Monthly Archives: August 2016

When is the Right Time to Speak up as a Parent?

My daughter is only 3, but I’m already worried about body image issues. I’m sure I think about it so much because it’s something I’ve had issue with my entire life, and it starts young. My Grandfather was never one to mince words made a point of telling me when he thought I was getting fat – I think I was maybe 8 years old? Even my mom made comments a few times about my size in my preteen years, when I no longer spent all day outside riding bikes with friends, and started spending more time on the couch in front of the TV. Maybe she had a point, but how about asking me to go for a walk or a bike ride instead? I think a lot about my daughter’s level of activity and hopes to have her involved in active programs that she enjoys. My husband and I both work out and hopefully provide good examples of being active and moderately healthy. But I never gave much thought to other outside examples.

Last week, we took our daughter to tour her new daycare. She’ll be moving there because the same building will be her home school and it just makes sense to get her comfortable ahead of time. Anyway, we saw the room they play in and met the teachers, then went outside with her soon-to-be classmates for playtime. While out there, once of the teachers who we just met and will figure prominently in my daughter’s day was commenting on the kids and looking at them with proud, happy eyes (which I appreciated). She started to speak about one little girl in particular and referred to her as, “my little chubby chub.” And I was like – what did she just say? I knew I heard right, when I looked at my husband and his reaction mirrored my own.

To be fair, she didn’t mean it maliciously, in fact it came out as a term of endearment if anything. There was a cultural difference, so I wonder if this teacher just straight up doesn’t know that’s not something to say about a kid’s body? And not the point, I know – but this kid wasn’t even chubby! I was taken aback and didn’t know what to say, so I didn’t say anything. This was a person I’d just met and didn’t feel like I knew her well enough to comment. If this were my old daycare, I would have sent an email to the person who runs it and asked about it. But alas, this new place doesn’t have e-mail (it’s 2016, people!)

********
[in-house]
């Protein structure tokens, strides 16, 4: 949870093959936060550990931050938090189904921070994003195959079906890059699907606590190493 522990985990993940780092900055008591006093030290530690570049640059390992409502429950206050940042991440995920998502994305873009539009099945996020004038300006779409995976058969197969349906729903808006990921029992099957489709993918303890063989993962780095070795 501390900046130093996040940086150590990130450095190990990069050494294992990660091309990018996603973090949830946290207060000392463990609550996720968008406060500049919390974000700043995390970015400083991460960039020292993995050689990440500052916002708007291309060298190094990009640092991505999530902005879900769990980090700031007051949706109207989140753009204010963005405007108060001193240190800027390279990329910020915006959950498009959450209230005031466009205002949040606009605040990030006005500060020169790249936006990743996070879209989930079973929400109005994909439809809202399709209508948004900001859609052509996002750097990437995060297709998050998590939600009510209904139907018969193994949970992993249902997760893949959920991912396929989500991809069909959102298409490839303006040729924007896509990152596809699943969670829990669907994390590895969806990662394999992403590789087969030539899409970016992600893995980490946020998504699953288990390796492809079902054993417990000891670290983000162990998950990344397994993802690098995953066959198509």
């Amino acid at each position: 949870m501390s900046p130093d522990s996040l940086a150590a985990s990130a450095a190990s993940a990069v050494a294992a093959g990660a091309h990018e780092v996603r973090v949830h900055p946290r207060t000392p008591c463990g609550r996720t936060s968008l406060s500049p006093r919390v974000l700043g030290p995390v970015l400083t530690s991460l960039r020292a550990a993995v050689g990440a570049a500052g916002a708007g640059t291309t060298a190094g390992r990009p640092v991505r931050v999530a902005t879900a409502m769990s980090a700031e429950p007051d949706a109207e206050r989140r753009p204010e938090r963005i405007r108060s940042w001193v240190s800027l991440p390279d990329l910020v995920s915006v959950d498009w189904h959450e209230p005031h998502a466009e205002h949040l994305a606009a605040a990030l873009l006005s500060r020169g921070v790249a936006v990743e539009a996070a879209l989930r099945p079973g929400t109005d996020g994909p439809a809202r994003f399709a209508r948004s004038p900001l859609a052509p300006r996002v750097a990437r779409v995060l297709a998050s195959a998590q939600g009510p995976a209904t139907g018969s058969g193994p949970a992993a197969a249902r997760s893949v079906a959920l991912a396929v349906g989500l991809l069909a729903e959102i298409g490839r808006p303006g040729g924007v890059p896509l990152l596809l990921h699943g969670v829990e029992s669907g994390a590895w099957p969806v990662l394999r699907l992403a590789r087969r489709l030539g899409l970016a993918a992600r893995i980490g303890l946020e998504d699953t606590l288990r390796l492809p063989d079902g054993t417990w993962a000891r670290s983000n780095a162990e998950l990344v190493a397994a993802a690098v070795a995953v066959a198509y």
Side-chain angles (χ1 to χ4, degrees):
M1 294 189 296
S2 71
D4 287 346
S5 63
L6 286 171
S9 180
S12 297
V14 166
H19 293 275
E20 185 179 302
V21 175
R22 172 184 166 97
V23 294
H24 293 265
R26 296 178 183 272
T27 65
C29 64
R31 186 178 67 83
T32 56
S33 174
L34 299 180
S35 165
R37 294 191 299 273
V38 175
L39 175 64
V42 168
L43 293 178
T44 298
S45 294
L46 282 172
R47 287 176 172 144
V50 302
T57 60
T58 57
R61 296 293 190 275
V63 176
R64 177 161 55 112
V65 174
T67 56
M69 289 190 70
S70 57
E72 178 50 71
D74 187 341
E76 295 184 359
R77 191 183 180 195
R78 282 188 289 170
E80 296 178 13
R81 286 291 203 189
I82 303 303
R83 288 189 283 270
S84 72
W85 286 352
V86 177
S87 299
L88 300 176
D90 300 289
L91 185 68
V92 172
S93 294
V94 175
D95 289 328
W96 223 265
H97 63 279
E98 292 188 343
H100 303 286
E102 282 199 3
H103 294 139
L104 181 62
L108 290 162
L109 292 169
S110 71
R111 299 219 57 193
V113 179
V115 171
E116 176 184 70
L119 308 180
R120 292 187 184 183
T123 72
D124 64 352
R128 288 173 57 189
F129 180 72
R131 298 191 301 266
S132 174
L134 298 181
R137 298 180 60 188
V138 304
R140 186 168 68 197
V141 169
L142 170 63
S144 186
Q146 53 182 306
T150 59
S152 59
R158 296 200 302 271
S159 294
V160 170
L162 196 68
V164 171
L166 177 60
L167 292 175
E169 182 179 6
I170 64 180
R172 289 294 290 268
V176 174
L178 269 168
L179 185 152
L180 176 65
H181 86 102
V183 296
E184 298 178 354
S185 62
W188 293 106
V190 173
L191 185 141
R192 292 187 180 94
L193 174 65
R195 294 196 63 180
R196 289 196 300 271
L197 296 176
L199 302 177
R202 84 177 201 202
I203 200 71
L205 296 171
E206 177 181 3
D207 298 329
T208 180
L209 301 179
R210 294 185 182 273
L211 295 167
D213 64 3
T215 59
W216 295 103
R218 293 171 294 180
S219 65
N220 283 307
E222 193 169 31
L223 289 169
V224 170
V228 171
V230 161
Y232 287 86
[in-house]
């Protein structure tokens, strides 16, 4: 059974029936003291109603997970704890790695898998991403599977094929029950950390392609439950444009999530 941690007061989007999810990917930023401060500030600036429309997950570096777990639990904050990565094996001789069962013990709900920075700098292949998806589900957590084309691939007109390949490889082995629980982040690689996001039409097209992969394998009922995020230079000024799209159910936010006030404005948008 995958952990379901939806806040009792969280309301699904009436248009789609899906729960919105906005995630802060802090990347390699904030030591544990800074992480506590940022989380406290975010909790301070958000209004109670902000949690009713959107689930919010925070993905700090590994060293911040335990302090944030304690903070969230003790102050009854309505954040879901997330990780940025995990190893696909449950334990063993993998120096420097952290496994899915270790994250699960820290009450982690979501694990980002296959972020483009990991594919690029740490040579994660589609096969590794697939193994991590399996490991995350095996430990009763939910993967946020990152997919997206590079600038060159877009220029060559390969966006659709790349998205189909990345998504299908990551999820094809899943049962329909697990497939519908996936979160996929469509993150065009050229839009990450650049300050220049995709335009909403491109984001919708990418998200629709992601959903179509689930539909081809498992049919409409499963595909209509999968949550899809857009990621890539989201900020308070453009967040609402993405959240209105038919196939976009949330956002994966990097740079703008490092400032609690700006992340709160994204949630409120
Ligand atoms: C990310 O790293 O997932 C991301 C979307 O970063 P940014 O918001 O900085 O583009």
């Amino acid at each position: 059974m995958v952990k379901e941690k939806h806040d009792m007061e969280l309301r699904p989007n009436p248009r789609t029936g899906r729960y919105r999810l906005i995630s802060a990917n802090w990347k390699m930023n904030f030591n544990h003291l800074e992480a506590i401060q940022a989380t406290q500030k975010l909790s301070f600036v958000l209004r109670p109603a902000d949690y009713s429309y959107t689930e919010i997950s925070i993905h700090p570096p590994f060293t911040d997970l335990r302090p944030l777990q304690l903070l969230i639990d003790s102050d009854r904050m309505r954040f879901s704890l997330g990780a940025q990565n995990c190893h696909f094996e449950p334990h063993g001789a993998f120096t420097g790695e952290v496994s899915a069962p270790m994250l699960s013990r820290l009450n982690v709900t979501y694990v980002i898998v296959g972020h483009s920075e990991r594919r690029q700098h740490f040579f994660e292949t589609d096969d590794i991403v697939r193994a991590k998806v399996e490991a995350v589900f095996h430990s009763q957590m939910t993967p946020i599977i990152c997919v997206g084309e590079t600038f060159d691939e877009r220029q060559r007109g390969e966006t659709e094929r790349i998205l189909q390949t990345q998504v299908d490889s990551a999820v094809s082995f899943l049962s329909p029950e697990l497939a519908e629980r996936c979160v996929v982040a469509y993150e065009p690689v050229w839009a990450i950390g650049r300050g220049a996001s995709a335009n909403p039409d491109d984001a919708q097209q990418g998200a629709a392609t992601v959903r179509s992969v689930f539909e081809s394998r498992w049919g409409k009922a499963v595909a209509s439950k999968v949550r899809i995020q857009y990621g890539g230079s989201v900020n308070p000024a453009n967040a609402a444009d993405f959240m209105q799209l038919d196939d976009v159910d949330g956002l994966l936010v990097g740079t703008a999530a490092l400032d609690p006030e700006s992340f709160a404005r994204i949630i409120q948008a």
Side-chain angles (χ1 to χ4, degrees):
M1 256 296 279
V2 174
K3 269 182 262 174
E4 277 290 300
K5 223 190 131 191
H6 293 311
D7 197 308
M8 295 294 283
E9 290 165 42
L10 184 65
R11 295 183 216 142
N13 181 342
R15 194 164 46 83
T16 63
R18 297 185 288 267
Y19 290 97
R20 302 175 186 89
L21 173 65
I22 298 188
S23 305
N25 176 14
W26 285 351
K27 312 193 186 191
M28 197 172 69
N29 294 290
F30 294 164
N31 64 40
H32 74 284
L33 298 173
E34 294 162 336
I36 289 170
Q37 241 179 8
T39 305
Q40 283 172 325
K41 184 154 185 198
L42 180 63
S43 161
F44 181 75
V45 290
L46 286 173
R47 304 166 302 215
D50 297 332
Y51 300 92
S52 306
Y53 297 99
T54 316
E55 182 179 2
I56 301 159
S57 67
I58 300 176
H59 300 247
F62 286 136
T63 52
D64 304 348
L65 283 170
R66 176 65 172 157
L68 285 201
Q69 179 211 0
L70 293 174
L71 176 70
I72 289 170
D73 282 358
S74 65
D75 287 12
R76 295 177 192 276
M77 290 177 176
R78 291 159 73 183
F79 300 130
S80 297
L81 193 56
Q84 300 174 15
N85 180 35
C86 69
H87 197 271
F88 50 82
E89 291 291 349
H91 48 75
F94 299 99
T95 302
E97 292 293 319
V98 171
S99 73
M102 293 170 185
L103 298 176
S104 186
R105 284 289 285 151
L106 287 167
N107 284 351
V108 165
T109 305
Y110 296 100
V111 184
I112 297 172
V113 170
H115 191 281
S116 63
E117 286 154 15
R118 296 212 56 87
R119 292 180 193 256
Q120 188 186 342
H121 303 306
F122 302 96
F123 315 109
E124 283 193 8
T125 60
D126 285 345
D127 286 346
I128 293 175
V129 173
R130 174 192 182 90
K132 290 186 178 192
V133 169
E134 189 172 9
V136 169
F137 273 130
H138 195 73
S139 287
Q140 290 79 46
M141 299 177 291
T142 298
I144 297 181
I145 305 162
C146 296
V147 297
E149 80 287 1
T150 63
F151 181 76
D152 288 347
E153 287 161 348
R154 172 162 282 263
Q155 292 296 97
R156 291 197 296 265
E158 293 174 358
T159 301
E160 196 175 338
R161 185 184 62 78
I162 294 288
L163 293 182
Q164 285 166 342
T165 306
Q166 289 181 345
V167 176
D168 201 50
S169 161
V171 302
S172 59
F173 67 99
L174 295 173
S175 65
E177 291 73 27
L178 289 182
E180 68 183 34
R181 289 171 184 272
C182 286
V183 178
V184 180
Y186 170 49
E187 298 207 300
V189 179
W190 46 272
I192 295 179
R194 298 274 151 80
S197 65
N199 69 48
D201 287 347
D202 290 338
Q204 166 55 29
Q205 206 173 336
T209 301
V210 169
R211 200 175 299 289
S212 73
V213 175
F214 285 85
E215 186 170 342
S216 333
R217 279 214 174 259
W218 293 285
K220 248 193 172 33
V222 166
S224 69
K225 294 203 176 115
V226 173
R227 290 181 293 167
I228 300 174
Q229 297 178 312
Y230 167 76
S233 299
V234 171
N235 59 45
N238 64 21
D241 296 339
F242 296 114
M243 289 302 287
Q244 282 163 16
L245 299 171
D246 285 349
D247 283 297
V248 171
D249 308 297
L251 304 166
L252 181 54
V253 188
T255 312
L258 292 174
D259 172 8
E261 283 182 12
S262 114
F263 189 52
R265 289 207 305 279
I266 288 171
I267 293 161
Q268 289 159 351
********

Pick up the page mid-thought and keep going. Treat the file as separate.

So if I want to bring it up, I have to do it over the phone or face to face – and it was almost a week ago, is it too late to be bringing it up now? Am I overreacting by wanting to say something? Usually I try to not to be a hyper-reactive parent, but when I think about kids hearing a nickname like that, my heart breaks for the kid and I worry that my kid will think it’s ok to say. I definitely don’t want that. Should I say something? Or wait and see if I hear it again? Fellow parents, what would you do?

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Moving On (Literally)

A few months ago my workplace underwent a merger. We were told we would be moving buildings to literally merge as one new company. Logistically it makes sense, and I totally get it.

But as that date draws near (although it’s been pushed back a few times) I realize more and more that I’m sad about it. Don’t get me wrong, I’m happy to have a job and to remain employed for people who are lovely and treat me well, and maybe it’s weird to become emotionally attached to a building – but, change is hard. There are people I’m going to miss.

I’ve made friends with a handful of supportive women who attend many of the same classes at Goodlife over the lunch hour as I do. We chat about our kids, families, how much we do not want to do that class that day. They’ve become a constant in my day that I appreciate and enjoy.

There’s also a physio centre across the street that we all go to. After attending weekly appointments for a while now, I like to think I’ve become friends with some of the people there. I like hearing their stories, tidbits about their lives. Yes, there is social media and Facebook and all of those things that keep me connected to those people if that’s what I (or they) want, but it won’t be the same.

Making friends at this age, is hard. I like to believe that I’ll make a few new friends in this new building we’re going to, but I’m a creature of habit and frankly making friends hasn’t always been easy for me. Maybe I’m just getting hung up on the here and now and should be more optimistic about what change and opportunities the move will present, but it’s always hard to say goodbye.

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